by Valerie Verkamp
Landmark assistant editor
The Kansas City Council voted Thursday to gradually raise the minimum wage to $13 per hour by 2020.
Employees will notice a slight bump in their wage as early as Aug. 24. On that date, Kansas City employers must begin paying their employees at least $8.50 per hour. Come Jan. 1, 2017, the minimum wage will rise to $9.82.
On Jan. 1, 2018, the minimum wage increases by a $1.14 to $10.96 per hour. In 2019, the ordinance will require employers to pay their employees at least a “living wage” of $11.98.
By 2020, a number of employees will be earning $5.35 more than the current state mandated minimum wage of $7.65 per hour.
Beginning 2021 and each year thereafter, the minimum wage would be adjusted based on the cost of living.
Ben Cover, economist with the Bureau of Labor Statistics, said in May 2014 a quarter of workers in Kansas City, Missouri-Kansas earned less than $11.32 per hour. In other words, 1 in 4 employees working 40 hours per week earn less than $23,545 a year.
City officials said most minimum wage workers are adults working full-time of 40 hours per week to earn $290 a week.
“When I reported on the State of the City last spring, I said our entire community would suffer as long as people who work hard are unable to bring home enough money to provide for their families,” Mayor Sly James said. “Our action today is an attempt to do the right thing not just for minimum-wage workers today, but for the future of Kansas City.”
City council members were quick to point out that the mechanism used to provide Kansas Citians a higher minimum wage was not ideal, but indicated a full-time employee making at least $13 per hour, or $27,040 a year, is step in the right direction.
“We are sending a message to the country that even though Congress to date has failed to act on what I think should be their responsibility to raise the national minimum wage, which has been neglected way too long, we can be a part of a grassroots movement in this country to enact reasonable minimum wage legislation,” said Councilman John Sharp.
The ordinance applies to Kansas City employers with 15 or more employees. The ordinance does not recognize individuals completing an educational internship or apprenticeship as an employee. Individuals serving on a voluntary basis for charitable, religious, and non-profit organizations are also not considered employees entitled to the proposed minimum wage increase.
Employers must pay their employees who receive tips at least half of the state-mandated minimum wage.
On Thursday, a point of contention centered on whether persons 18 years of age or younger should be considered a qualifying employee under the city mandated ordinance.
Councilman Ed Ford of the Northland made the argument that earning a living wage was less of an importance to youth than it was to the estimated 50,000 adults whose income would go toward health insurance, housing, and food for their families.
“At 18 you're in high school. You are working part-time not full-time. The vast majority are kids that are trying to cover a cell phone bill and an auto insurance bill. This is not the age of social justice. This is the age where kids learn to get a job, learn work ethic and all that. If you restrict it to 17 you are really putting these 18-year-olds at a disadvantage of getting these part-time jobs,” said Ford.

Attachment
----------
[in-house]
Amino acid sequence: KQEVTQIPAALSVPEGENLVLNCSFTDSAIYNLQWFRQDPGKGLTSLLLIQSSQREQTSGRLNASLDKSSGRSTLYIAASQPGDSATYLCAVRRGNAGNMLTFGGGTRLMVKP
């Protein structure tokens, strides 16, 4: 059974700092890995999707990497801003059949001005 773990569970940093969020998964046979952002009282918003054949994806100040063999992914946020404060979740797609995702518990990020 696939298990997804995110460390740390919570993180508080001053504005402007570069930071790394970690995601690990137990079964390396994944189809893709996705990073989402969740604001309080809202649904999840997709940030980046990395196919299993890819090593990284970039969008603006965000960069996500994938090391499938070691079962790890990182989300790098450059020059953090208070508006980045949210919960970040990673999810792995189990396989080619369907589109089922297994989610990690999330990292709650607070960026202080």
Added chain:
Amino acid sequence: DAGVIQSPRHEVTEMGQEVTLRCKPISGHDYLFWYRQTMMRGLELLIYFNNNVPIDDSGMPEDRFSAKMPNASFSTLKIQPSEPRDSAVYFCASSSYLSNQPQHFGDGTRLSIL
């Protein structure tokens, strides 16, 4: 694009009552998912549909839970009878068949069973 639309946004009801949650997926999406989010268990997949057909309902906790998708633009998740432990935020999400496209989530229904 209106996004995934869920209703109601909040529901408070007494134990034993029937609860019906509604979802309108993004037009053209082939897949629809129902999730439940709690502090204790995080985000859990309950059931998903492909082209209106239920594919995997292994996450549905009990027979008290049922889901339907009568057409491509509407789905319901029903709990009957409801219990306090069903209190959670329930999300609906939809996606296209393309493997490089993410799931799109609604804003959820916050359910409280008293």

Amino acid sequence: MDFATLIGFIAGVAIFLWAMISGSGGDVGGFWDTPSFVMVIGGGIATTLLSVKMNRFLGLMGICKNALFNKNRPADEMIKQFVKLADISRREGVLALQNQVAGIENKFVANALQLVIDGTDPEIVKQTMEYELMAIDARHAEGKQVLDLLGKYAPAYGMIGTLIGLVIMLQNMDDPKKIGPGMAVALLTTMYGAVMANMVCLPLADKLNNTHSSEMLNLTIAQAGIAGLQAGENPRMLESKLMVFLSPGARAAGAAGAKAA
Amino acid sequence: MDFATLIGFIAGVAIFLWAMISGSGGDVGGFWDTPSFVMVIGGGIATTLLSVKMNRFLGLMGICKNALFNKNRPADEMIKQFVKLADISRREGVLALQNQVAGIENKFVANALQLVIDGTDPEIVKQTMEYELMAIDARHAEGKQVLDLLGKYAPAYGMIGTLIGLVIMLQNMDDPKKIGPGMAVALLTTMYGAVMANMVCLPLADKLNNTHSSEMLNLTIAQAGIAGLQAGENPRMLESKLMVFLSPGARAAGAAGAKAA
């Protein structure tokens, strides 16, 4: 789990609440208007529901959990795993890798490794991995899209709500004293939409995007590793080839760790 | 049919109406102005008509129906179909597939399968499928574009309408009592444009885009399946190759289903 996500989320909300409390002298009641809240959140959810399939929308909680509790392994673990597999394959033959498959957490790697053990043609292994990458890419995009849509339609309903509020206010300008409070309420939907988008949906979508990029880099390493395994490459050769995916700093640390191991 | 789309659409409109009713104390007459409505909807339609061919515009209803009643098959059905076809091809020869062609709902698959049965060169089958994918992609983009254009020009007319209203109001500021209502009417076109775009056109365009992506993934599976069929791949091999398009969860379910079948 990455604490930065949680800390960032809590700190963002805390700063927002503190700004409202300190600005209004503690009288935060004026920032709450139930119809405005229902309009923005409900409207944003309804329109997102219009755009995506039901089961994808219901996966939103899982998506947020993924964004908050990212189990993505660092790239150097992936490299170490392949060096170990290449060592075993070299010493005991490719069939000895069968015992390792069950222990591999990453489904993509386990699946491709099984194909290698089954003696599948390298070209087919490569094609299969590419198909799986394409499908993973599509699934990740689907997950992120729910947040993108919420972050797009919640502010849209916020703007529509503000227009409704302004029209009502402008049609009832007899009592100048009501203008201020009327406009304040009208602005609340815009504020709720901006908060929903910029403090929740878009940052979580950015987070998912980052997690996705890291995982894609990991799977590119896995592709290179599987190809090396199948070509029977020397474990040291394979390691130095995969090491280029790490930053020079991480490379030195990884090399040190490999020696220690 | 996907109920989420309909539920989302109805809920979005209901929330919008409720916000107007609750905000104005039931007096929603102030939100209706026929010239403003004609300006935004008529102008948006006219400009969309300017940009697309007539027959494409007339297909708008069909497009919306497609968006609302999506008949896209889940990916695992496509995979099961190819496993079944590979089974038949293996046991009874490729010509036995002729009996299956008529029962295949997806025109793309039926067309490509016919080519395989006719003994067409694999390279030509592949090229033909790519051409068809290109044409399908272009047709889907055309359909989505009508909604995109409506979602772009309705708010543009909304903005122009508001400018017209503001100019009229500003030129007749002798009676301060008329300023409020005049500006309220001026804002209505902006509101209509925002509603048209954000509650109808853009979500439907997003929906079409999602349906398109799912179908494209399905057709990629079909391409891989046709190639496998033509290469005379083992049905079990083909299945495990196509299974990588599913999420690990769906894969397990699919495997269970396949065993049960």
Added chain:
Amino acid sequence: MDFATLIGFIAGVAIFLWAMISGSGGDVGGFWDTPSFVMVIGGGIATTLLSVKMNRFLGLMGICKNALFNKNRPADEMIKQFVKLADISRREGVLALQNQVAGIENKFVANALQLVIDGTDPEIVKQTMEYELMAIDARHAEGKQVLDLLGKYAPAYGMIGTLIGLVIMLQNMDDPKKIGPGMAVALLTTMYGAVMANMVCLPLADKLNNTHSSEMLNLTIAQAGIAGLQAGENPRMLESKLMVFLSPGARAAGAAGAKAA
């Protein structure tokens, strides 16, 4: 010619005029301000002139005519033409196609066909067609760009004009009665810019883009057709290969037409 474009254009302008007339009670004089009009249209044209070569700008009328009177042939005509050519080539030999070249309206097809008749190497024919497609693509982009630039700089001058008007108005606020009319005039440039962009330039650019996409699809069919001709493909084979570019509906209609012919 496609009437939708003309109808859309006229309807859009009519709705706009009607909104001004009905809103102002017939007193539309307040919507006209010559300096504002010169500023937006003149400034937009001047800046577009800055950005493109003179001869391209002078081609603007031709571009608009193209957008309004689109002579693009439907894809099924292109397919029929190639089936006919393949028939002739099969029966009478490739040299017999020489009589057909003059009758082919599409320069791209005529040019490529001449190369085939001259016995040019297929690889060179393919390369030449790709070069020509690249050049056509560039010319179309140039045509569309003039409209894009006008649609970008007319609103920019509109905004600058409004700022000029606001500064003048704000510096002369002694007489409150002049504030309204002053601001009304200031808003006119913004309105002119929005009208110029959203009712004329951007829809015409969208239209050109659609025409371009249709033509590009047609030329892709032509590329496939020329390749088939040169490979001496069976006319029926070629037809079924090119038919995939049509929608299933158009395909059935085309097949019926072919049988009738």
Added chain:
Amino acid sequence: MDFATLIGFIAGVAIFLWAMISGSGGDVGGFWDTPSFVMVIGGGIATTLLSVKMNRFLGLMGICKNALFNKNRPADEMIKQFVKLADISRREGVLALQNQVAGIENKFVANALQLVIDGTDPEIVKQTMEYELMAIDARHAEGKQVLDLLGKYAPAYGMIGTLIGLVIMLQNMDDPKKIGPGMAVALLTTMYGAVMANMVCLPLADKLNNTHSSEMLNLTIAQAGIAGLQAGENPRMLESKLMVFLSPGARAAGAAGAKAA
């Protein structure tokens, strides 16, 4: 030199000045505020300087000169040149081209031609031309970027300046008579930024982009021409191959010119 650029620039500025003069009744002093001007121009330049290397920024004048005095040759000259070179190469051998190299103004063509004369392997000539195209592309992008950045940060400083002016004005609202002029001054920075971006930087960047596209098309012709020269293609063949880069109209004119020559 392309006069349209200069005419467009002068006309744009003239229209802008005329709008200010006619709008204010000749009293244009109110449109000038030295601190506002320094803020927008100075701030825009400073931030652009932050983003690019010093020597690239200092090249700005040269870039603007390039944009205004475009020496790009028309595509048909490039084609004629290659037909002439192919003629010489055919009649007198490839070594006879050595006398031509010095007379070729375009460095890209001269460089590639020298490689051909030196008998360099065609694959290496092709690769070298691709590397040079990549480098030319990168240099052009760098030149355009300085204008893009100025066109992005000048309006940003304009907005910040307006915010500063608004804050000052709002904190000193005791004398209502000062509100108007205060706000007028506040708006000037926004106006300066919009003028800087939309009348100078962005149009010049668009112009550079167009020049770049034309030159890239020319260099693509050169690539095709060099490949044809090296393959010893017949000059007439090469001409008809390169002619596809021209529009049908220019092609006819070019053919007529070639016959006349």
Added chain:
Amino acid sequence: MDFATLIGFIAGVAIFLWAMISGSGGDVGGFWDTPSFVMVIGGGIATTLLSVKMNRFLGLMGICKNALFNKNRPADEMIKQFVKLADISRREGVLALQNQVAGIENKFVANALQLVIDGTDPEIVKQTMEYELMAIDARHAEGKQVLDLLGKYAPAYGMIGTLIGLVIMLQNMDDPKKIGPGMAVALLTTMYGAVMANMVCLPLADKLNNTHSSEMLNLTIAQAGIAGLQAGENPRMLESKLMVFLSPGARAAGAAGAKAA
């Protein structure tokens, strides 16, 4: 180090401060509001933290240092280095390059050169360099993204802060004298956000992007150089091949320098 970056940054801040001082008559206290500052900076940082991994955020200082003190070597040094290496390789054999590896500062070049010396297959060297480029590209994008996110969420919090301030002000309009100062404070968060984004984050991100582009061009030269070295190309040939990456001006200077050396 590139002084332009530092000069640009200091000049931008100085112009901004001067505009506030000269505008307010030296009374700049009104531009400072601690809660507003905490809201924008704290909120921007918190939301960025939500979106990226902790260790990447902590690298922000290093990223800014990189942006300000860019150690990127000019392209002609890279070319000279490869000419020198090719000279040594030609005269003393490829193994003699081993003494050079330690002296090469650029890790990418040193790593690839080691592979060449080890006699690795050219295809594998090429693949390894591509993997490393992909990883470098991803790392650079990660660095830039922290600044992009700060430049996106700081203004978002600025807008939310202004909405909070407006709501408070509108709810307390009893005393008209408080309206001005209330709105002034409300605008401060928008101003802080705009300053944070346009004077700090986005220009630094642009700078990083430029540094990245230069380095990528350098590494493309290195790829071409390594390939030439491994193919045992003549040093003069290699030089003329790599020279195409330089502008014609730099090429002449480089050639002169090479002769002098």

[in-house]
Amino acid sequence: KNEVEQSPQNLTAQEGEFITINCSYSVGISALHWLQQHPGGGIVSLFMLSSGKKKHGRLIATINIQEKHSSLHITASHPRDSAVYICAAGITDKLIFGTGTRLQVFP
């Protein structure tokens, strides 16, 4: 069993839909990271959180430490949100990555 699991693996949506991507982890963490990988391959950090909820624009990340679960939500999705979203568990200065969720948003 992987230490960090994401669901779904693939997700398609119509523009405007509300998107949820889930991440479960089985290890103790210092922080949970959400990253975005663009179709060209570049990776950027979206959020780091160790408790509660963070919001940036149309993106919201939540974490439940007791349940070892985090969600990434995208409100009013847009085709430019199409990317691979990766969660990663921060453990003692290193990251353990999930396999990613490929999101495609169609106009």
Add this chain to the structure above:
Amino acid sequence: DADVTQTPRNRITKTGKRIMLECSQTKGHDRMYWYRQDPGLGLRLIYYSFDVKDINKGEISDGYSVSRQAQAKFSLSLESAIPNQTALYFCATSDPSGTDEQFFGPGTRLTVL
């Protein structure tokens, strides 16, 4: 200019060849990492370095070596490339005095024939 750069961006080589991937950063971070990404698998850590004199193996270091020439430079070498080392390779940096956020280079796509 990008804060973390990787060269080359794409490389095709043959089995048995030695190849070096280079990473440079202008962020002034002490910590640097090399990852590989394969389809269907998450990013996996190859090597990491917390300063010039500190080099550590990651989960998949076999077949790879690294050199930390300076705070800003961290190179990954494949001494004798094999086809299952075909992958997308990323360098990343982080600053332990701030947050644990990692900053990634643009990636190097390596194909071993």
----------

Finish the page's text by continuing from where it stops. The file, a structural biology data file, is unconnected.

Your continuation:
Ford urged city officials to maintain an exemption that would prevent workers 18-years of age or younger from being part of the city mandated minimum wage
Mayor Sly James also favored exempting teenagers eighteen years and younger.
“There are studies that show that for every 15 percent increase in the wage, 2.1 percent of teenagers drop out of the job market. That is what I am trying to protect,” said James.
In the end, a majority favored a measure that exempts teenagers 17 and younger from qualifying for the minimum wage mandate.
The historic minimum wage initiative was introduced four months ago by Third District Councilman Jermaine Reed.
The plan initially was reviewed by the Planning, Zoning, and Economic Development Committee. One month later, the proposed ordinance was re-introduced to a Committee of the Whole where all members of the city council were in attendance.
Over the past few months, the committee heard expert testimony on how the local economy would be affected by a city mandated minimum wage increase they said is aimed at helping the working poor.
After the ordinance passed with overwhelming support of the council, James personally thanked Wagner and Reed and the entire city council for the work on getting the measure passed.
“I hope they agree with me that our work the past few weeks is among the most important we have done together,” he said.
In his closing statement, James said, “We believe we have an obligation to raise people up by increasing their wage by the extent we can.”
Ford, who cast the sole dissenting vote, said the federal and state minimum wage has neither “kept up” with productivity nor inflation. Despite what he sees as a social injustice issue, Ford said he is “deeply conflicted.”
“I think we are giving false hope here. I think it is clear that we don't have the legal authority to raise the minimum wage.”
But 12 other members of the council indicated willingness to have their decision eventually brought before Missouri courts.
All along while delving into this minimally charted territory, Wagner said he was sure that a lawsuit challenging the city’s legal authority to enact the ordinance would follow the historic decision.
“I don't want to give anyone a false sense of hope, because I am not as hopeful as some might be, but I don't mind standing up and saying 'we are for this today' and we want to create some equity in our city,” said Wagner.